I saw your article about how to reduce the size of a photo or image on a Mac and that’s exactly what I want, but I’m running Microsoft Windows 8, not a Mac. Can you offer up the same basic tutorial, but for us WIn8 users, please? Thanks!
It’s not often I say this, but the process of shrinking down a photograph or other image file is actually easier to accomplish on a Windows system than on a Macintosh, which is kind of weird because the Mac is generally a lot more graphics friendly. Problem is, there’s not even a rudimentary graphics editor included in Mac OS X, whereas every Windows PC includes Microsoft Paint, which might not be a direct rival to Adobe Photoshop, but unto itself, it’s a surprisingly capable little utility.
In Windows 8, of course, there’s the challenge of finding the app, but, again, just about every Win8 system I’ve used has it as the default program to use when you double-click on a photograph, image, or really any file that’s a JPEG, GIF or PNG.
So let’s have a look.
To demonstrate, I grabbed an image of a delicious Italian dinner that we’ll want to resize from its current dimensions to 50% of that, a target width of 400px.
How big is it? Well, your first impulse might be to just hover the cursor over the icon on your Desktop, but that doesn’t offer up the actual dimensions:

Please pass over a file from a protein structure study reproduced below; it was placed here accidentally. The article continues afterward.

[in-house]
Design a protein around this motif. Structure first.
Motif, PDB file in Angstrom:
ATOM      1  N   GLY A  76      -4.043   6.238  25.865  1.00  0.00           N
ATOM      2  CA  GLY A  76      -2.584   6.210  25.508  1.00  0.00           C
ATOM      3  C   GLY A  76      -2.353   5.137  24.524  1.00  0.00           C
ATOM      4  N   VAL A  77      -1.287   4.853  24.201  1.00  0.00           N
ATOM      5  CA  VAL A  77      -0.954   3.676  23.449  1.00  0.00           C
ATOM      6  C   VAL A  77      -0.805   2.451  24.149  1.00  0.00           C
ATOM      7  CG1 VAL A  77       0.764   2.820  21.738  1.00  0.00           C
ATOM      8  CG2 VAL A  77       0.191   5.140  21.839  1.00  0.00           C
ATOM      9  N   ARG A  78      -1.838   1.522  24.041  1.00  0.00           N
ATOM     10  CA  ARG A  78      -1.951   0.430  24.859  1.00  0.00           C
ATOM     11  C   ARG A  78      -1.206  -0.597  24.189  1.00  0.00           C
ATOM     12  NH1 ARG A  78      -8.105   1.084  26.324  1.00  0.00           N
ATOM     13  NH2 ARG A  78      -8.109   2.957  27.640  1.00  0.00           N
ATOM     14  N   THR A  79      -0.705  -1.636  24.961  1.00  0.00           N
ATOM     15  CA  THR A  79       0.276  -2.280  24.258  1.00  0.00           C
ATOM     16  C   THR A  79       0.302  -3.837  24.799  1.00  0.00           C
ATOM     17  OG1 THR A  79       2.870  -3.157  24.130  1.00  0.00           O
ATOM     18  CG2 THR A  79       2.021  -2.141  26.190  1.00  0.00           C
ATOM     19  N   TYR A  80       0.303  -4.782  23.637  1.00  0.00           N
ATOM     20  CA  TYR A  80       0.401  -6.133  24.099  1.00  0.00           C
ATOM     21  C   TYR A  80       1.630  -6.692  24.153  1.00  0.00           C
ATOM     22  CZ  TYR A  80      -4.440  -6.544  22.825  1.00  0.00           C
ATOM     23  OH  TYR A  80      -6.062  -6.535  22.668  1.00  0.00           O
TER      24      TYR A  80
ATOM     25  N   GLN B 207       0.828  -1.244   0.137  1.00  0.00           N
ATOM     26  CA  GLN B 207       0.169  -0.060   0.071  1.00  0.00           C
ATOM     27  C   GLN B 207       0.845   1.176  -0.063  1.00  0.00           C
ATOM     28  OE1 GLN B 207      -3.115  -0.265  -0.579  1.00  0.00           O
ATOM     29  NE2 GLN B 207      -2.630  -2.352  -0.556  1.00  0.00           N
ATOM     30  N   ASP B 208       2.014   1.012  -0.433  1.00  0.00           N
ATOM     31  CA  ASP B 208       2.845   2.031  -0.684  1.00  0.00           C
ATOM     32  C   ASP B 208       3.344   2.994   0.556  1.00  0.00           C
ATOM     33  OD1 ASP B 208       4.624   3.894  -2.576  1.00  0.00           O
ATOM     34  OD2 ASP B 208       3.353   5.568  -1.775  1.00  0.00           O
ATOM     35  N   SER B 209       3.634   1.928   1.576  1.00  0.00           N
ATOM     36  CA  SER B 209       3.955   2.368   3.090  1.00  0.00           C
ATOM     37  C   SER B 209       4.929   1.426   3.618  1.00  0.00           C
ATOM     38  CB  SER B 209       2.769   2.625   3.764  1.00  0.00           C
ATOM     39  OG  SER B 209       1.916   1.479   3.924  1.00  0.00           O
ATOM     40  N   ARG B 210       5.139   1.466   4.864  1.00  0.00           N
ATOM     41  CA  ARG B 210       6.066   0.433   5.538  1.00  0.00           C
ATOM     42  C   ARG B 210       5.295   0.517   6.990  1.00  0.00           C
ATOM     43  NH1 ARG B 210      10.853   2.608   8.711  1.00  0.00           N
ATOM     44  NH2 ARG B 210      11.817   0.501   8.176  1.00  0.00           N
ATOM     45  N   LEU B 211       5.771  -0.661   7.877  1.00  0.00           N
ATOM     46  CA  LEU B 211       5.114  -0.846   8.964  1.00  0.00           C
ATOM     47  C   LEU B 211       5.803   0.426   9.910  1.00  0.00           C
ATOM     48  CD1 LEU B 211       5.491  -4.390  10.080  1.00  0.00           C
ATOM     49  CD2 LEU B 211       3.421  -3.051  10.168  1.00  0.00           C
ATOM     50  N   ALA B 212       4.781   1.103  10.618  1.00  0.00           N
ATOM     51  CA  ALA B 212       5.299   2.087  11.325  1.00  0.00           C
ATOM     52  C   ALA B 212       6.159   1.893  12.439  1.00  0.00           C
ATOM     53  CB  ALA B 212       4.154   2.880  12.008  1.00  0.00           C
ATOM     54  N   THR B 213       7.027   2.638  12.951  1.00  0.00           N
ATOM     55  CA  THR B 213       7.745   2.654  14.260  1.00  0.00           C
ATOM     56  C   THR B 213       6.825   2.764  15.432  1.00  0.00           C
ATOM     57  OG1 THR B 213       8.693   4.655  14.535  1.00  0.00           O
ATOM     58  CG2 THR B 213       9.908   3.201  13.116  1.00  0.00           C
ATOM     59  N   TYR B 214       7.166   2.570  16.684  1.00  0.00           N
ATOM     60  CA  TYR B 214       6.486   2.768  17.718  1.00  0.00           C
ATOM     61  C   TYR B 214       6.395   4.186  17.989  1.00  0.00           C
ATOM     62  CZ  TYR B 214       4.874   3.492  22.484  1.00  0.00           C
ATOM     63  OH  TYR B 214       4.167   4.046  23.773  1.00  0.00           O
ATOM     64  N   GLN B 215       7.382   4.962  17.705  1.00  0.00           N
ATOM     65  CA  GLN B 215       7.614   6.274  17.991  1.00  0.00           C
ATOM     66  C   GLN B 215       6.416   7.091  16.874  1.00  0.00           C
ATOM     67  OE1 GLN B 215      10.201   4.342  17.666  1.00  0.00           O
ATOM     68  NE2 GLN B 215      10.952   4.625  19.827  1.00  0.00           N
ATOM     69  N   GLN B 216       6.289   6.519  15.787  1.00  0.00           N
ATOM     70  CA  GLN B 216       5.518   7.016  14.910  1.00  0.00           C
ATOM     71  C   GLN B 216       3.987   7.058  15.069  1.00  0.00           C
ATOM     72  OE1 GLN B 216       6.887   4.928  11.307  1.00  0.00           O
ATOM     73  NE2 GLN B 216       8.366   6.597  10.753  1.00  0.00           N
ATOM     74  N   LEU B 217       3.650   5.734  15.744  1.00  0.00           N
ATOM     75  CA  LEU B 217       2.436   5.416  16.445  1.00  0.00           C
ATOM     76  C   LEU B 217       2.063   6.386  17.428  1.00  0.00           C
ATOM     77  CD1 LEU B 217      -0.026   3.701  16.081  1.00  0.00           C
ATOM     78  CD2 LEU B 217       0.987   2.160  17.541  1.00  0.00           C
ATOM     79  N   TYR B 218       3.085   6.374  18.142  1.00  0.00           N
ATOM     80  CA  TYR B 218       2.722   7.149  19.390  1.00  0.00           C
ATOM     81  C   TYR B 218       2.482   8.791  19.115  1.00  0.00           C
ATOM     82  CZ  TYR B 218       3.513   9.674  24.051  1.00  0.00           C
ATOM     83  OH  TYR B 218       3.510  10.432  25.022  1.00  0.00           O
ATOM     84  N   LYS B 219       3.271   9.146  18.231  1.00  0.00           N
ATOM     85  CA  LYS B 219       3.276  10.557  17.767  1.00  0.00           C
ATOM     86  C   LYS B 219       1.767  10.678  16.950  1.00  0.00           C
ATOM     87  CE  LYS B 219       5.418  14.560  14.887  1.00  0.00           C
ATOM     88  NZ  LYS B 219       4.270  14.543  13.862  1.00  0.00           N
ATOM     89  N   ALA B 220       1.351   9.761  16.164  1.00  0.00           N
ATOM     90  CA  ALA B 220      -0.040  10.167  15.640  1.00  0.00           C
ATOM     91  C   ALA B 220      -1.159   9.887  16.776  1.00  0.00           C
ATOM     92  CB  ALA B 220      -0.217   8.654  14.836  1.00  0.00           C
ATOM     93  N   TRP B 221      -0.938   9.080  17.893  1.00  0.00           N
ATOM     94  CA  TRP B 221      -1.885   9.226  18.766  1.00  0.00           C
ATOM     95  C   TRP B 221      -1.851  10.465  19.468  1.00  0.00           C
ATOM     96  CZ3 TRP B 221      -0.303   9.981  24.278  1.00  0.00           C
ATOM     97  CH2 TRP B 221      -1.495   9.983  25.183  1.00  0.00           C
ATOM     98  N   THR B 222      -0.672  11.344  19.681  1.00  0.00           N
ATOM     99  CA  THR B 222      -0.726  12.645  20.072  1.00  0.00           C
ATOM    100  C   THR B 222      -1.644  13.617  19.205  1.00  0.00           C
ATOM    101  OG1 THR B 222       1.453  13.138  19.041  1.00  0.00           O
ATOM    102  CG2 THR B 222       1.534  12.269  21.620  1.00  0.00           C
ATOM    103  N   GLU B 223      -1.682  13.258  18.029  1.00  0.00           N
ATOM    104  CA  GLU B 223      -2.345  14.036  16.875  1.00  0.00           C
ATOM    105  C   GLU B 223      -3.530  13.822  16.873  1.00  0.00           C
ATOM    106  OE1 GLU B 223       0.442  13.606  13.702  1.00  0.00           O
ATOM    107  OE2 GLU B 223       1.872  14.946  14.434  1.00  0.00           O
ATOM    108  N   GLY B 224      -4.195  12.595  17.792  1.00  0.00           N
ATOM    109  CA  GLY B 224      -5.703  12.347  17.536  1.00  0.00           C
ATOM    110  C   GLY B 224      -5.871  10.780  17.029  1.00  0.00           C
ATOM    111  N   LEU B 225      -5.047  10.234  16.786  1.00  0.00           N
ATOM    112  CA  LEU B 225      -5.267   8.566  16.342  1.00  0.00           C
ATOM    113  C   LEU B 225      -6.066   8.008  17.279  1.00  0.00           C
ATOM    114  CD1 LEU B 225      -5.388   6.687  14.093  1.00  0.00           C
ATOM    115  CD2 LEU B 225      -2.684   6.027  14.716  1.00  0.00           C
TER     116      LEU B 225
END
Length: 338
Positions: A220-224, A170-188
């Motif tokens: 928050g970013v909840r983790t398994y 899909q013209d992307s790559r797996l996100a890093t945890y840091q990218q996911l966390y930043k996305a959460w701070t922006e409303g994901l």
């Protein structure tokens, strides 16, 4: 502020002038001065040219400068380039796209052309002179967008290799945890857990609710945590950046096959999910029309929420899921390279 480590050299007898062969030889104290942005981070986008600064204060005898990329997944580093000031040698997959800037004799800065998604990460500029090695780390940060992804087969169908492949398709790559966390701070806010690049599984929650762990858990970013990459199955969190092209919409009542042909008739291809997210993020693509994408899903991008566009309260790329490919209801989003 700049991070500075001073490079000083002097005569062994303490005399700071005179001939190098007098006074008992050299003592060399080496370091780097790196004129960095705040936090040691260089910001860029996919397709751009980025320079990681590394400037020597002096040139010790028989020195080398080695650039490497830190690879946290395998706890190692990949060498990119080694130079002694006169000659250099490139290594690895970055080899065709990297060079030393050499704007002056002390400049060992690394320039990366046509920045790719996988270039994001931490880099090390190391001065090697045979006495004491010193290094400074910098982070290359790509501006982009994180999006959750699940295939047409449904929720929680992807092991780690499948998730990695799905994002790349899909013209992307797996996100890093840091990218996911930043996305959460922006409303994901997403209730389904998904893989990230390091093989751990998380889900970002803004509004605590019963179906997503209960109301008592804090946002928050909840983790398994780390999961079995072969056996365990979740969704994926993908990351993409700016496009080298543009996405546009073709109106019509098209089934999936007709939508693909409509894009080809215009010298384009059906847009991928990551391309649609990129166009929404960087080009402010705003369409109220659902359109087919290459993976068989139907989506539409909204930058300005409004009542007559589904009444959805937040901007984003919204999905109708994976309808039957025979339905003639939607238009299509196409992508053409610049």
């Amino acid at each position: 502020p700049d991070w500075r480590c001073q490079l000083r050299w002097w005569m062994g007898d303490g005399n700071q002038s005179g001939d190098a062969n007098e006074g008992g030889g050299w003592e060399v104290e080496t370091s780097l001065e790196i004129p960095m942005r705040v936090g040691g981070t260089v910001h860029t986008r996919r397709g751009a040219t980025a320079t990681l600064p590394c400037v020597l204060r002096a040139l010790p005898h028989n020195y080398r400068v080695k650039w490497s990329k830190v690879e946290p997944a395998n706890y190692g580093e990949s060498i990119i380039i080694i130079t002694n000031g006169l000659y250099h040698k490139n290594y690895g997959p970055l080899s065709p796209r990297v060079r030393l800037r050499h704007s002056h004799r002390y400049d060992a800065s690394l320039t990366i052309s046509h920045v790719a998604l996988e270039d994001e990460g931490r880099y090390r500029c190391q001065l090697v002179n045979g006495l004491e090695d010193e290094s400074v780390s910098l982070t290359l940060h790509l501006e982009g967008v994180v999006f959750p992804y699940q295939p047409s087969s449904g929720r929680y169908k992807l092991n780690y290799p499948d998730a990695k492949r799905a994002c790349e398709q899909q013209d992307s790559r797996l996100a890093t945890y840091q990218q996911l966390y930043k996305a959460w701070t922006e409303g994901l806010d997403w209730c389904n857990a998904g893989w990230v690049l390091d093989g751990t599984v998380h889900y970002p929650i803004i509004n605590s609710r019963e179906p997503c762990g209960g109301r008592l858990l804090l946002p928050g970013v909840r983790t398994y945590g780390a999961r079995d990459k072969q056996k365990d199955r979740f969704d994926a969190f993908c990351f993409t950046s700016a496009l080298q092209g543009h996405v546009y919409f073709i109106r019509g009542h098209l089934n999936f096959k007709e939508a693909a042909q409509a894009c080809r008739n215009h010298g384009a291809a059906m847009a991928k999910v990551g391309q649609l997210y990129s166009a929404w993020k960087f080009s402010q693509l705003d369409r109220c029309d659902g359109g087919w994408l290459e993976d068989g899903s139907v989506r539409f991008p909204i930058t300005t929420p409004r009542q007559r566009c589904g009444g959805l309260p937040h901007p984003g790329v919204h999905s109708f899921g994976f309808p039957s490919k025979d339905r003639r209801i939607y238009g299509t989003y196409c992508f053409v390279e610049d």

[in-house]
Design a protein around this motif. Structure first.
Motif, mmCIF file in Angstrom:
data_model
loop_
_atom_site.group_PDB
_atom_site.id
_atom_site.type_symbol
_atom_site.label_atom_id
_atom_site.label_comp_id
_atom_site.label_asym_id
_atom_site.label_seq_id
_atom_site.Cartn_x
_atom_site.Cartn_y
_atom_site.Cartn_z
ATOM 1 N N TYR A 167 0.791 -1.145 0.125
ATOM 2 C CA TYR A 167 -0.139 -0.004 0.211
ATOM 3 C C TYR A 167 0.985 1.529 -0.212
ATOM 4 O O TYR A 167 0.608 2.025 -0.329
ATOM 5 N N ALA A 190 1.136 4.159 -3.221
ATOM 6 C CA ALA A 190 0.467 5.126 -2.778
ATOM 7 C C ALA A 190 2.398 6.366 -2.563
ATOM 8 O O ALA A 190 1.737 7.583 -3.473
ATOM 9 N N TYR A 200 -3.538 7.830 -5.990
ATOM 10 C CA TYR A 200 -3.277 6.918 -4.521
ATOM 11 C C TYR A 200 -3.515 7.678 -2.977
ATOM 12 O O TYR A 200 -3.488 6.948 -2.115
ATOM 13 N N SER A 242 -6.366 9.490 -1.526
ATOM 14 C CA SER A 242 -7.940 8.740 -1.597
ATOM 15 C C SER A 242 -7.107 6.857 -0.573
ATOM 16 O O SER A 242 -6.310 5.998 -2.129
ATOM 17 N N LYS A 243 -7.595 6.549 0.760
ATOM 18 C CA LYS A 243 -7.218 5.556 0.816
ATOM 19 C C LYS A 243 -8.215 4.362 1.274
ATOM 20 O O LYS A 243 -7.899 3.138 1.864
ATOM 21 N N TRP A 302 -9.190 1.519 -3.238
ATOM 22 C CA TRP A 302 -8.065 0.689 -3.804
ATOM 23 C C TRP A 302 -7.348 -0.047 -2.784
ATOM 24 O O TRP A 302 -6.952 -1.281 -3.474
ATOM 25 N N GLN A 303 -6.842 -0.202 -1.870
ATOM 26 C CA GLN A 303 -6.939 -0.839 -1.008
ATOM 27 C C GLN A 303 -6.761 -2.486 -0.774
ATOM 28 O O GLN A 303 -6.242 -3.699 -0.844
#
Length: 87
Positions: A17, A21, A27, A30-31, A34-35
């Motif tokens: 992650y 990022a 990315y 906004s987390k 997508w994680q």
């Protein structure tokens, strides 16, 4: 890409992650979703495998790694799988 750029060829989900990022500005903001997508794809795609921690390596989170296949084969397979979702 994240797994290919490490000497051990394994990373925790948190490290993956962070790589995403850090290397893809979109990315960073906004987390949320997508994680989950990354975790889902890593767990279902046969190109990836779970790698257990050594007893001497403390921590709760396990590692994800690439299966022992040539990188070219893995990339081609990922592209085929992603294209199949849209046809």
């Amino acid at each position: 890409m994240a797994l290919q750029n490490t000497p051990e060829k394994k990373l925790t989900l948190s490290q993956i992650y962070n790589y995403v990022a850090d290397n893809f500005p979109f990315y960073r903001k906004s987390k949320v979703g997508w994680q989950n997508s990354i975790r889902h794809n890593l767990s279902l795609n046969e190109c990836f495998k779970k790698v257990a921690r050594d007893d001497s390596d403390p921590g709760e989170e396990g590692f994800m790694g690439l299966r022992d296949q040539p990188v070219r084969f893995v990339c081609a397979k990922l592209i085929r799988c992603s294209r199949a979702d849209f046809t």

To find out the current dimensions, you can open it up in Paint, but let’s right click on the image instead, then choose “Show Properties” and choose the “Details” tab:
You have to scroll down a tiny bit, but there are the dimensions: The current pasta image is 800px wide by 532px high. That’s too big!
Let’s resize it by double-clicking on the icon. It should then open up the photograph in MS Paint. If it doesn’t, right-click on the icon and choose “Paint” from the “Open With” options.
You’ll now see the image shown with lots of tools available for editing and modifying:
Click on the “Image” option, second from the left on the toolbar:
No surprise, “Resize” is the option you want. Choose it and a window pops up with a variety of choices:
I’m not really sure when you’d ever want the horizontal or vertical skew capability, but if you do, now you know where it is found. 🙂 More usefully, the top portion offers you the ability to resize by percentage (the default) and by a specific pixel count.
Most importantly, notice the “Maintain aspect ratio” checkbox. 99% of the time you’ll want to have that checked so you don’t distort your photo or other image as you resize it.
Click on “Pixels” and you’ll see the current dimensions of the image appear;
Since my goal is to have the photograph ultimately be 400px wide, I’ll simply type “400” into the horizontal dimensions box. The vertical dimensions automatically change to keep the existing aspect ratio:
Looks good. Click “OK” and the image is promptly reduced in size:
To save it over the larger version of the image, simply click on the floppy disk icon in the title bar (it’s that tiny blue and white icon one from the left) or click on “File” and choose “Save” or “Save As…” from the File menu, if you’d rather give it a new name.
Either way, mission accomplished. Nicely done, too!